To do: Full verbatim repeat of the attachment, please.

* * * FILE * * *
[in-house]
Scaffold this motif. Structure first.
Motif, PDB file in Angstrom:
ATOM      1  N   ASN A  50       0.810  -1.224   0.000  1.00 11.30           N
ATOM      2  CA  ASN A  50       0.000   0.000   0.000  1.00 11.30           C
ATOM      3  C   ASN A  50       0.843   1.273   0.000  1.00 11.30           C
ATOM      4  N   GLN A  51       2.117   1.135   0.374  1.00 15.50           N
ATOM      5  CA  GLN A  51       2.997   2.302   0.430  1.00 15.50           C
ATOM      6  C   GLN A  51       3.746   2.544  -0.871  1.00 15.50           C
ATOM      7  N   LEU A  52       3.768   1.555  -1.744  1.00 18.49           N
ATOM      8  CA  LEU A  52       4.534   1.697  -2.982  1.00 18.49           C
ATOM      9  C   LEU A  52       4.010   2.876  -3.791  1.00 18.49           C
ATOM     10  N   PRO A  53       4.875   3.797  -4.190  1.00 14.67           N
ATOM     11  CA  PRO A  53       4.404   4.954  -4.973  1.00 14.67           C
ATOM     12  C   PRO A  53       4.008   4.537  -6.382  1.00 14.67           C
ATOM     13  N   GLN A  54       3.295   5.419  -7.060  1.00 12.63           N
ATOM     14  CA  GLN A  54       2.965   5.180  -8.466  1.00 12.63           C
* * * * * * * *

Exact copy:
[in-house]
Scaffold this motif. Structure first.
Motif, PDB file in Angstrom:
ATOM      1  N   ASN A  50       0.810  -1.224   0.000  1.00 11.30           N
ATOM      2  CA  ASN A  50       0.000   0.000   0.000  1.00 11.30           C
ATOM      3  C   ASN A  50       0.843   1.273   0.000  1.00 11.30           C
ATOM      4  N   GLN A  51       2.117   1.135   0.374  1.00 15.50           N
ATOM      5  CA  GLN A  51       2.997   2.302   0.430  1.00 15.50           C
ATOM      6  C   GLN A  51       3.746   2.544  -0.871  1.00 15.50           C
ATOM      7  N   LEU A  52       3.768   1.555  -1.744  1.00 18.49           N
ATOM      8  CA  LEU A  52       4.534   1.697  -2.982  1.00 18.49           C
ATOM      9  C   LEU A  52       4.010   2.876  -3.791  1.00 18.49           C
ATOM     10  N   PRO A  53       4.875   3.797  -4.190  1.00 14.67           N
ATOM     11  CA  PRO A  53       4.404   4.954  -4.973  1.00 14.67           C
ATOM     12  C   PRO A  53       4.008   4.537  -6.382  1.00 14.67           C
ATOM     13  N   GLN A  54       3.295   5.419  -7.060  1.00 12.63           N
ATOM     14  CA  GLN A  54       2.965   5.180  -8.466  1.00 12.63           C